FIND YOUR ANSWERS BELOW:
The Lemon Law covers the following new and used vehicles sold in California that come with the manufacturer’s new vehicle warranty:
- Cars, pickup trucks, vans, and SUVs.
- Vehicles purchased or leased for personal, family or household purposes.
- Many vehicles purchased or leased primarily for business use.
- The chassis, chassis cab, and drive train of a motorhome.
- Dealer-owned vehicles and demonstrators.
The Lemon Law DOES NOT apply to:
- Vehicles not registered under the California Vehicle Code because they are driven off-road;
- Vehicles that have been damaged due to unauthorized or unreasonable use; or
- After-market parts such as those found in van conversions.
- Replace the vehicle; or
- Refund its purchase price (whichever you prefer).
- The manufacturer or dealer hasn’t fixed the same problem after four or more attempts; or
- Your vehicle’s problems could cause death or serious bodily injury if it is driven and the manufacturer or dealer has made at least two unsuccessful repair attempts; or
- The vehicle has been in the shop for more than 30 days (not necessarily in a row) for repair of any problems covered by its warranty.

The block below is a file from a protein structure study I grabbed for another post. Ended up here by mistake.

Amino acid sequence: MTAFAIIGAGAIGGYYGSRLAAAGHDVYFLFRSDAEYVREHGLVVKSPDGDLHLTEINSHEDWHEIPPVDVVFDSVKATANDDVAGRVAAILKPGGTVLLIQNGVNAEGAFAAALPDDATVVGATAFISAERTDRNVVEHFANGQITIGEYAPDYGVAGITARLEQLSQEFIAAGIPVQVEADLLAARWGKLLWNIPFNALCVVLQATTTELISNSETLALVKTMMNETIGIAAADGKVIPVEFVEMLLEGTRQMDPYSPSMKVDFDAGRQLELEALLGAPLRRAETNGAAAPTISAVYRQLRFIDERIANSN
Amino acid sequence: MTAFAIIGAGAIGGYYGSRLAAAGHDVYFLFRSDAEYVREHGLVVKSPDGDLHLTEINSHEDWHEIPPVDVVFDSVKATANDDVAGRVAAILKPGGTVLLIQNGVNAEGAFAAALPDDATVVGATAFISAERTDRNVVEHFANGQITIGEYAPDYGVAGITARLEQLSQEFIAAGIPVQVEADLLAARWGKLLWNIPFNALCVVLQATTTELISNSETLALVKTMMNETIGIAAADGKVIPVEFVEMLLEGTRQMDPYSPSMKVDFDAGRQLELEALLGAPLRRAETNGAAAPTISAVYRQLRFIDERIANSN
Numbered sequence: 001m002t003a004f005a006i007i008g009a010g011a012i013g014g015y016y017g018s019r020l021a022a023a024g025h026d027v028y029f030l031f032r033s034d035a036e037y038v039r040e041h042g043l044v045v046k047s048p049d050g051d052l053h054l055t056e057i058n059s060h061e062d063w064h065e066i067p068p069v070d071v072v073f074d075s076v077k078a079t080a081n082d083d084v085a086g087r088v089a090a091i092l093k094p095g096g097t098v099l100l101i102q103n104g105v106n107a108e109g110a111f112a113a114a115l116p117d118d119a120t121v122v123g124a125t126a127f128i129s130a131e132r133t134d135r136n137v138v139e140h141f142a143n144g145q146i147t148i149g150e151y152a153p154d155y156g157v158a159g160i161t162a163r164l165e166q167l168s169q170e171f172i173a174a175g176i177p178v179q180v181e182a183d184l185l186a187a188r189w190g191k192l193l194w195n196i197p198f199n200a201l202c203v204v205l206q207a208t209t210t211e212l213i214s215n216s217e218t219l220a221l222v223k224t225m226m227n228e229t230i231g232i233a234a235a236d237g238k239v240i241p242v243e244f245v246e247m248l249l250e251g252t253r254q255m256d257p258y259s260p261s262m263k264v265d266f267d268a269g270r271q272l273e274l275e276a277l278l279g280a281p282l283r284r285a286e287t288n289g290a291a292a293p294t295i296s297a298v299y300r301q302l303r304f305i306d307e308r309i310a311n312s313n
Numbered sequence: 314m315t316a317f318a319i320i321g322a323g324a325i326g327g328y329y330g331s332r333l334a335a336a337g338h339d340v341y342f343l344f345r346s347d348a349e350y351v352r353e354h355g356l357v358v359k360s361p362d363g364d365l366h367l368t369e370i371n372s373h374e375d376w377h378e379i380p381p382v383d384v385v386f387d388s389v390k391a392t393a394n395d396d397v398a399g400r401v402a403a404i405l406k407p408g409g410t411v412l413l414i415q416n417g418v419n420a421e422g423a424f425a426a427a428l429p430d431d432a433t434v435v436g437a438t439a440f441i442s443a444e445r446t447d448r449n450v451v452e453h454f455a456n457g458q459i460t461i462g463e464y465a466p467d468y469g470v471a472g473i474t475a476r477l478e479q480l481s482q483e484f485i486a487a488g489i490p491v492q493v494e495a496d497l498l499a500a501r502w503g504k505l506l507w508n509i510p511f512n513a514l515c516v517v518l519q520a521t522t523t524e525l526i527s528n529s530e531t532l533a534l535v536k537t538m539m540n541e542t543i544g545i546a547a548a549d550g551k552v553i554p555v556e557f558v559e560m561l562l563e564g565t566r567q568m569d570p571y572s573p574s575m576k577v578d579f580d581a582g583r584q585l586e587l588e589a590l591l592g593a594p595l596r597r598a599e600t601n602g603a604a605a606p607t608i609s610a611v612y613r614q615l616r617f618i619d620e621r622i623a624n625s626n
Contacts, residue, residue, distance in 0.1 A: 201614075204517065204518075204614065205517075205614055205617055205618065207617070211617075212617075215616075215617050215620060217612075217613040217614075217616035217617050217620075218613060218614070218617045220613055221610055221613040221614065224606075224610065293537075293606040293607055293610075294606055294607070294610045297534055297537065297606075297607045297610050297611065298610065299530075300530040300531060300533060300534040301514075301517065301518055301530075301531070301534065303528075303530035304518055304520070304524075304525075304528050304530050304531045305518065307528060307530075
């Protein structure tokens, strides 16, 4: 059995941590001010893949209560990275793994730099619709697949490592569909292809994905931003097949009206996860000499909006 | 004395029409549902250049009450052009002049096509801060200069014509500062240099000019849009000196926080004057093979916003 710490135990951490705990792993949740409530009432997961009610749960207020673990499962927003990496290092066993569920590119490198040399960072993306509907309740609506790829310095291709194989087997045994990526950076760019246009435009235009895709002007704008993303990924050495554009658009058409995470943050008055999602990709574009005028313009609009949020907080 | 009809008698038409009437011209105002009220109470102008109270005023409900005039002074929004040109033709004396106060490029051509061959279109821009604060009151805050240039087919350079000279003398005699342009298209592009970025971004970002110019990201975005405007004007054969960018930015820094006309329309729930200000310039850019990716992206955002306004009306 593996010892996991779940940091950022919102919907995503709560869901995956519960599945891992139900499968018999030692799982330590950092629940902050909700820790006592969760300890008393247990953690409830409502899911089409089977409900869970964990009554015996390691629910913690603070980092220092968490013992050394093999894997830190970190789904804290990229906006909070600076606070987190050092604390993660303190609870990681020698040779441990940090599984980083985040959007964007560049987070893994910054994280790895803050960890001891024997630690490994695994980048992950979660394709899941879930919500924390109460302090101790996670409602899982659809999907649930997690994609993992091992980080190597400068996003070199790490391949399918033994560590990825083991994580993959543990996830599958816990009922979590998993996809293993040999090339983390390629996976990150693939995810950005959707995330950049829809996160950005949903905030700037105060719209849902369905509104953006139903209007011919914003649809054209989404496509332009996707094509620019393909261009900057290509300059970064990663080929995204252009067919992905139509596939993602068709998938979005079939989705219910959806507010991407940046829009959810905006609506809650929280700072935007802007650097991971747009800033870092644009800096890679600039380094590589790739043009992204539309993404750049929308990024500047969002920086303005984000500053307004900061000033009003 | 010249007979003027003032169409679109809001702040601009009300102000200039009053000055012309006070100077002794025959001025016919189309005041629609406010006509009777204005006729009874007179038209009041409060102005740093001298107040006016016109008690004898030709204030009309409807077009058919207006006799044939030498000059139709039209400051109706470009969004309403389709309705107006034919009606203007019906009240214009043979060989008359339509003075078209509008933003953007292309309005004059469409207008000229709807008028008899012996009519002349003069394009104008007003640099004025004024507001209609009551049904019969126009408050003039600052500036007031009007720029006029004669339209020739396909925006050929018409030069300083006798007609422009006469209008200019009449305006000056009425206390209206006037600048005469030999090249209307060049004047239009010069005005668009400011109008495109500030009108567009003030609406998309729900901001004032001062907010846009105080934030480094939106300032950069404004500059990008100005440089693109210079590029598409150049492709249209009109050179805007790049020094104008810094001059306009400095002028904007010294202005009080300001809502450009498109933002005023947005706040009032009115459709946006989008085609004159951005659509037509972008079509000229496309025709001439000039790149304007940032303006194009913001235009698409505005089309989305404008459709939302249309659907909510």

- Your vehicles must be covered under the manufacturer’s warranty;
- The problems must occur within 18 months of delivery or within 18,000 miles on the odometer (whichever comes first);
- The problems must substantially reduce the use, value, or safety of the vehicle to you;
- The problems were not caused by abuse, unauthorized or unreasonable use;
- The manufacturer or dealer has not fixed the problems after a reasonable number of attempts; and
- The warranty or owner’s manual requires you to notify the manufacturer about the problems, and you have already notified the manufacturer.
If your vehicle meets these criteria, the Lemon Law presumes a reasonable number of repair attempts have been made and you may be entitled to a replacement or refund.
Do I automatically get the choice of a new vehicle or a refund if my vehicle qualifies under the Lemon Law Presumption?
No. The manufacturer can still prove in arbitration or in court that your vehicle does not qualify under the presumption, as it is a rebuttable presumption. They can make any of these arguments:
- The manufacturer or dealer has not had a “reasonable” number of attempts to repair the problem; or
- The problem does not substantially affect the vehicle’s use, value or safety to you; or
- The problem was caused by abuse; or
- The problem has been repaired; or
- The problem never existed; or
- The problem is not covered by the warranty.
If the problem only happens once in awhile or is difficult to diagnose, an additional repair attempt may be considered “reasonable.” However, the law places the burden of proving the need for an additional repair attempt on the manufacturer. The arbitrator, judge or jury decide whether the manufacturer has had a “reasonable” opportunity to make the needed repairs.